Angela Merkel has nothing to lose.
As she prepares to lead the country for a fourth consecutive term, the German chancellor now has the chance to make a difference for Europe in a way that could be her legacy.
The coalition negotiations between Merkel’s conservative bloc and the Social Democrats will not be easy. The atmosphere is hardly euphoric. Martin Schulz, the leader of the Social Democrats, is unlikely to retain that position for long. His lackluster performance at the party’s extraordinary congress on January 21, but also the miserable reception he received from the delegates, clearly confirmed his weak position. It was not he but Andrea Nahles, who represents the younger generation in the party and is a born political strategist, who swung the delegates around to joining yet another “grand coalition” with Merkel’s Christian Democrats and the Bavarian-based Christian Social Union.
Then there is the eternal sniping by Horst Seehofer, leader of the Christian Social Union. Whether nagging at Merkel or bad-mouthing the Social Democrats, the party is no asset when it comes to creating an atmosphere conducive for difficult coalition talks.
And there is Merkel herself. Although politically weakened by the federal election results and aware of the growing discontent inside her own party about her style of leadership, Merkel faces a major choice. She can either use her fourth term to try to reassure Europe and Germany that stability and predictability is the order of the day. Or she can throw caution to the wind by embracing Europe in such a way that even populists and Euroskeptics would be disarmed by such energy and creativity. That would be a Herculean legacy.
Merkel, in ways, has already gone down in the history books as leaving legacies of sorts. Her decision to close all of Germany’s nuclear power plants after the Fukushima nuclear catastrophe in 2011 took even her own party by surprise, not to mention industry chiefs who had been pleasantly surprised that Merkel had earlier done a U-turn on abolishing nuclear energy soon after becoming chancellor but were now confounded by her new decision. While winning plaudits from an anti-nuclear public and environmental lobbies, it turned out that Merkel had put in place little or no strategy for ensuring that Germany could speed up the introduction of renewable energy.
The connections between the wind- and sea-endowed north and the mountainous south were practically nonexistent. The storage for excess wind energy was not in place. Germany clung onto the brown coal mines in the eastern part of the country, not only for jobs but because Germany needed energy. The big chemical industries, such as BASF, stood solidly behind the controversial Nord Stream, and now Nord Stream 2, pipeline that will transmit Russian gas to Germany via the Baltic Sea. “We need that gas because we lost nuclear power,” one executive of a leading energy company told Carnegie Europe. “The Energywende (the energy change) had no strategy,” he added. That legacy is flawed.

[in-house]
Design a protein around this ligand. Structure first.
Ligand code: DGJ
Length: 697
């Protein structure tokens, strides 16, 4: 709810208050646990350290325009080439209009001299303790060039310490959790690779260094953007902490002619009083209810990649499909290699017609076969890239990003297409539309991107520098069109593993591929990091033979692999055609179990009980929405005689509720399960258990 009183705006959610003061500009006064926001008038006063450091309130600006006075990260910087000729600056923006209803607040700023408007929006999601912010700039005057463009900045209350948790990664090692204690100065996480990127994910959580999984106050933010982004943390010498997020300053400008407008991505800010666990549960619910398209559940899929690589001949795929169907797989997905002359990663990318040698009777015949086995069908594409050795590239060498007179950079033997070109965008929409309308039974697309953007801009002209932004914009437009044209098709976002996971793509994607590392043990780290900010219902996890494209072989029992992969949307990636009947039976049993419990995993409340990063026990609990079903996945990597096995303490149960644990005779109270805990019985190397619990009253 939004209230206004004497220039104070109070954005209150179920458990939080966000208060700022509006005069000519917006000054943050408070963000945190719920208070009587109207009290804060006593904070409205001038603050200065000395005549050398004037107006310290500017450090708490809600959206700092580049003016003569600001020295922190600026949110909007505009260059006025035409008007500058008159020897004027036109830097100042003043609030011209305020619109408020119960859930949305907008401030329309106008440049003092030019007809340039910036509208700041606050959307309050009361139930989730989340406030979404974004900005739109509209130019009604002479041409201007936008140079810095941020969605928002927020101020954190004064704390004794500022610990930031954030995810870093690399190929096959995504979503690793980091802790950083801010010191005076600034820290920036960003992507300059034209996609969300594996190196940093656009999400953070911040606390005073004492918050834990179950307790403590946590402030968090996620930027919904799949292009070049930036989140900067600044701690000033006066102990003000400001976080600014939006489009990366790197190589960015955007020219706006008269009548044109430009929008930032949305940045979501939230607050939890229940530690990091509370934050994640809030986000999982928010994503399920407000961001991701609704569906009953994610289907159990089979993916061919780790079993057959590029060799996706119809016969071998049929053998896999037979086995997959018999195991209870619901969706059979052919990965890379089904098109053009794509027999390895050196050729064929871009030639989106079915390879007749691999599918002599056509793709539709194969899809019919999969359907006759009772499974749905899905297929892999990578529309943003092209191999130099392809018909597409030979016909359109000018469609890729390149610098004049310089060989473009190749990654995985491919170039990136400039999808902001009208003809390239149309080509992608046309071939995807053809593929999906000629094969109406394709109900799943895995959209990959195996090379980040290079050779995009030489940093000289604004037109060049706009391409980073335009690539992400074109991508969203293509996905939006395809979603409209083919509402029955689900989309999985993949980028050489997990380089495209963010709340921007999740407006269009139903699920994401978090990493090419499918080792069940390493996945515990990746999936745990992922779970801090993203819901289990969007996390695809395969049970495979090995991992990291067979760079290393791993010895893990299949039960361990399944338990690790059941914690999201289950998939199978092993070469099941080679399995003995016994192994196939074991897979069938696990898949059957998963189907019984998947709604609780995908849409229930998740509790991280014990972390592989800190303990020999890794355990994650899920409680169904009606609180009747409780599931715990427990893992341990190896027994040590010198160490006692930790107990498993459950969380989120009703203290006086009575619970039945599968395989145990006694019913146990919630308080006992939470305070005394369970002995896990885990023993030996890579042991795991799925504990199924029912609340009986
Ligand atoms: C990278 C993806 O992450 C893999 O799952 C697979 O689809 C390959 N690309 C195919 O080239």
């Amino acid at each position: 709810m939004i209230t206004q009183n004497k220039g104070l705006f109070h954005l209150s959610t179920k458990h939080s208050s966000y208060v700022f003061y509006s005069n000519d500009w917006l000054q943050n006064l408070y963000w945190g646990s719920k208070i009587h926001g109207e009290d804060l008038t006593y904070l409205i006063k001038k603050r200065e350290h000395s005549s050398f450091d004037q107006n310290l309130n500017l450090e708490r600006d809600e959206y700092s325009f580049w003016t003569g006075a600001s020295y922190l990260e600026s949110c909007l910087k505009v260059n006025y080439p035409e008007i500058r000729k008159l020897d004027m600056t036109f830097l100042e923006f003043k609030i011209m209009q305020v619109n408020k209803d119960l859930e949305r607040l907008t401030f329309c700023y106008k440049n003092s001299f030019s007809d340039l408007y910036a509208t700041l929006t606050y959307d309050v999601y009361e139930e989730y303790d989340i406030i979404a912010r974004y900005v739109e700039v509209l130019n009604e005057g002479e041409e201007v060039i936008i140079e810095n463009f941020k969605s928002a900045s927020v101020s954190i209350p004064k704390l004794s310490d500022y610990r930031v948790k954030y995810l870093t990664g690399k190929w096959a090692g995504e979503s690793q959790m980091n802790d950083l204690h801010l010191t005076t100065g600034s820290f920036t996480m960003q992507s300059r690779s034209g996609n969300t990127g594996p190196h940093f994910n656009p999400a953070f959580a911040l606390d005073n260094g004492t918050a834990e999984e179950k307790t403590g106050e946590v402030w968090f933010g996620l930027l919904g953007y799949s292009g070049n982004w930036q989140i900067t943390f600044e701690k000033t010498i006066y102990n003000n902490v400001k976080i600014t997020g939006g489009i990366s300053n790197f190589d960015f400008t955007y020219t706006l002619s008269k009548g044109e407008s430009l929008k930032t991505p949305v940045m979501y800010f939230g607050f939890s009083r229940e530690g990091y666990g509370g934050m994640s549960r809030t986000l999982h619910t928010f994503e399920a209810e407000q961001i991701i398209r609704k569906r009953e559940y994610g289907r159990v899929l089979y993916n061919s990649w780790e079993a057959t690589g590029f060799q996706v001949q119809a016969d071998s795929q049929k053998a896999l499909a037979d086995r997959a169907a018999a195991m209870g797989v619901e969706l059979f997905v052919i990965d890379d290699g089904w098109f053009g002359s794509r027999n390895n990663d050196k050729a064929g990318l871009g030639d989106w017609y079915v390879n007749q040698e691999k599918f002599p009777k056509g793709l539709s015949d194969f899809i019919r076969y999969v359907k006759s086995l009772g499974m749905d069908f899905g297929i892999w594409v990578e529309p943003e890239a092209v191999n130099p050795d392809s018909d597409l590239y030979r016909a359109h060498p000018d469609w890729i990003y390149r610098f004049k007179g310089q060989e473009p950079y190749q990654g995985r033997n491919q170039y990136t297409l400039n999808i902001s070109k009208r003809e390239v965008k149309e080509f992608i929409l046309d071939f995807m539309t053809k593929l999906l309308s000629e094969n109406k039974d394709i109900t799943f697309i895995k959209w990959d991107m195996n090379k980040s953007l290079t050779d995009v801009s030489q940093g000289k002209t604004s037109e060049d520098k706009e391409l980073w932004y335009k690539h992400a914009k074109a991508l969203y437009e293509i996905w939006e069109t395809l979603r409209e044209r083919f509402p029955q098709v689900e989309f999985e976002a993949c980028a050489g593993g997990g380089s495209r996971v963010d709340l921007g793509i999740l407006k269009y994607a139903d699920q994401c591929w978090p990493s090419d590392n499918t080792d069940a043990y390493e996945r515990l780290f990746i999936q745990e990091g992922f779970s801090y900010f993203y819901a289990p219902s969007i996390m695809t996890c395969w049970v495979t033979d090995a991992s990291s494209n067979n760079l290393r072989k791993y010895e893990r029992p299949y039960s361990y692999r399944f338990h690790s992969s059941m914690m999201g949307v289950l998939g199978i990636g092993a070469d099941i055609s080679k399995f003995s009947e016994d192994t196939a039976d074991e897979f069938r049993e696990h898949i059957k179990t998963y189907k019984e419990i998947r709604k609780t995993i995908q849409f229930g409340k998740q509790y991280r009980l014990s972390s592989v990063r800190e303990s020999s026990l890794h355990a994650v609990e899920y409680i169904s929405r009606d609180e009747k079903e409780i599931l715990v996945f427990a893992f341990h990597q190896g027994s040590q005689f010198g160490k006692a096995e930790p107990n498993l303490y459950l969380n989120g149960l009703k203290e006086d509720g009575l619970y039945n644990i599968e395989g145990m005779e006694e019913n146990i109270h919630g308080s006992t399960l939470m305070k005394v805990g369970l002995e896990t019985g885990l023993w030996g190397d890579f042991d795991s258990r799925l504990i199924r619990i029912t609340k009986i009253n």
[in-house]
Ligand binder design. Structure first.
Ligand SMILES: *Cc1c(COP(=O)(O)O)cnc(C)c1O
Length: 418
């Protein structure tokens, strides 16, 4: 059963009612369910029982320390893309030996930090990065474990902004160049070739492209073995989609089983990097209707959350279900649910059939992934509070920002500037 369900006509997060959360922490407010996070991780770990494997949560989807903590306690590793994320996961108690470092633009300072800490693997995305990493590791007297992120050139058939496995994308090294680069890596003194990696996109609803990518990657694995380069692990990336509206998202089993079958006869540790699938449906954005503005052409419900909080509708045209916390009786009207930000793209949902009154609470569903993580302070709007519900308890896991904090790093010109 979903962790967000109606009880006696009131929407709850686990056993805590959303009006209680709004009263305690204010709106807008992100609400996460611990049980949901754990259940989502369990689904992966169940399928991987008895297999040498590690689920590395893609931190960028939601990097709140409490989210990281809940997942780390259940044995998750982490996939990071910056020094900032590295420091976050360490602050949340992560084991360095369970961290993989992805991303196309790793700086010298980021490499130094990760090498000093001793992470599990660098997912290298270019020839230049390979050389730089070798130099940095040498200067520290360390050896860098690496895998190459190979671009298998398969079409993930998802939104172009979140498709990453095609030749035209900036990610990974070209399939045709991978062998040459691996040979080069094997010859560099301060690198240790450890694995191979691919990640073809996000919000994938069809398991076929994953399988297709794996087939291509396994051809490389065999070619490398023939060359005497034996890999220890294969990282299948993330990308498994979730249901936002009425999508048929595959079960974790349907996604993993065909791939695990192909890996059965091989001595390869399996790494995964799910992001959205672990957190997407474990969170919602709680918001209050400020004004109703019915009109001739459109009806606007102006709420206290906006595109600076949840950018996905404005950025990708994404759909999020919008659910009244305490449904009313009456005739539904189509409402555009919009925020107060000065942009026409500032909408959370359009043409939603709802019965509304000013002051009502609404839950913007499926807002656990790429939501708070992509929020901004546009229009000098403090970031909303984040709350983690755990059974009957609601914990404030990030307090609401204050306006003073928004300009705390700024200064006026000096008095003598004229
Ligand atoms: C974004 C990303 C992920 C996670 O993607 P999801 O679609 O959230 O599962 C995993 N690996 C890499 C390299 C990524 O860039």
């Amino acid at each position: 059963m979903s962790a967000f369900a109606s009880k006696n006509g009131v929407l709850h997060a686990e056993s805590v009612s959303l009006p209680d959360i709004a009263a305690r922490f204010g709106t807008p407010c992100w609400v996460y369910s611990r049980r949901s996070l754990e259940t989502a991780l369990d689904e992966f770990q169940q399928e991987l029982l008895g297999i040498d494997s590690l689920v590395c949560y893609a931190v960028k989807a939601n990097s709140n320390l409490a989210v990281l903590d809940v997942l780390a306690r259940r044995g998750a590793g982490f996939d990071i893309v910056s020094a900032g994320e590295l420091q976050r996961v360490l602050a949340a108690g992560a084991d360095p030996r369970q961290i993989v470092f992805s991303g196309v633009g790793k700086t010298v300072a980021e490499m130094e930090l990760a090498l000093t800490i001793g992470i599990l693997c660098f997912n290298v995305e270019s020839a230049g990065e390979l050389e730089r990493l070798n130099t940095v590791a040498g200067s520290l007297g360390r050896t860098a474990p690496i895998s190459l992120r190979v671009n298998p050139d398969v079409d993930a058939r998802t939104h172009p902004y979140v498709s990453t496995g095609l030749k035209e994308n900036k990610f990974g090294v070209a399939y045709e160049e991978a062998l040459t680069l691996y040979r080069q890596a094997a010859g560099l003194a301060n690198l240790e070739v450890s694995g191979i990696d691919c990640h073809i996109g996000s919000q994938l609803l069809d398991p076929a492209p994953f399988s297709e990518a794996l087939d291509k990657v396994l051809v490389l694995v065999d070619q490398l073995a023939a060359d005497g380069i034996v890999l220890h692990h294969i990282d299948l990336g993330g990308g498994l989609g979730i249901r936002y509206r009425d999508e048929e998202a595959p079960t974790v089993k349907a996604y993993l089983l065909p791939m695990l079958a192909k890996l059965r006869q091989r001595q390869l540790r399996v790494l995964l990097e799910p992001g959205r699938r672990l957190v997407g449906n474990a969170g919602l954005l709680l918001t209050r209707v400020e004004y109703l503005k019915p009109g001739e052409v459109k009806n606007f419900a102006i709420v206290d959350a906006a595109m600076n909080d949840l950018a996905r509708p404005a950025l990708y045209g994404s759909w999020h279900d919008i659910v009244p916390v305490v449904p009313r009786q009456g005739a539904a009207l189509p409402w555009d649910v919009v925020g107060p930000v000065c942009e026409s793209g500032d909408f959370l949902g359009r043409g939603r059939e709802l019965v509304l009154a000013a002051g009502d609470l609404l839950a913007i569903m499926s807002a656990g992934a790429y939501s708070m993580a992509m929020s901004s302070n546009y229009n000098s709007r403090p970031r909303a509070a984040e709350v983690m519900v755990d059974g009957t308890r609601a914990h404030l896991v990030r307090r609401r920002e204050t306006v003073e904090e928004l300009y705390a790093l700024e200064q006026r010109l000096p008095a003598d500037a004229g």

Then Merkel won plaudits for her compassionate decision to throw open Germany’s borders to almost 1 million refugees fleeing the wars in Syria and Iraq in 2015. Again, there was almost no consultation with her party, with the coalition, or with the European Commission. At least she let the government in Vienna know.
Yet there was no big strategic plan put in place to register the refugees, to verify their papers, to house them, or to establish not only an integration program but a way in which they could enter the labor market. Thanks to the overwhelming support of civil society, which showed up the crass incompetence of the Berlin authorities, things got done.
But Merkel’s ill-thought-out “Wir können das schaffen” (We Can Do It) shook sections of the German public. The Alternative for Germany (AfD) was catapulted into the Bundestag, or federal parliament, on September 24, 2017, because of its anti-immigrant, anti-Islam, and anti-Europe stance. Indeed, the refugee issue is going to be one of the sticking points during the coalition negotiations. The Social Democrats understand why family reunification is necessary for the many single male refugees while the Christian Social Union is vehemently against such a policy.
This leaves Merkel with a legacy in waiting. It is Europe. The time when Merkel could assume that Europe could soldier on under her leadership, but under a very weak leadership in France, is over. French President Emmanuel Macron has radically changed the dynamics, the pace, and the ambition of the European Union. He and Merkel have two years to push through a much more integrated Europe, not only of the eurozone but other aspects, too.
Between now and 2020, the EU will have a new commission and a new European Parliament. And without hedging any bets about whether Germany’s grand coalition will see through its four-year term, and assuming that there are no major political earthquakes for the conservative bloc and the Social Democrats, the new German government will have the next two years to make a difference for Europe.
It’s going to require a new, strategic mind-set by Merkel—one that will communicate why Europe has to change and why EU leaders should be able to challenge the cynics and the populists. Macron is already embarking on that. Now it’s Merkel’s turn to join him.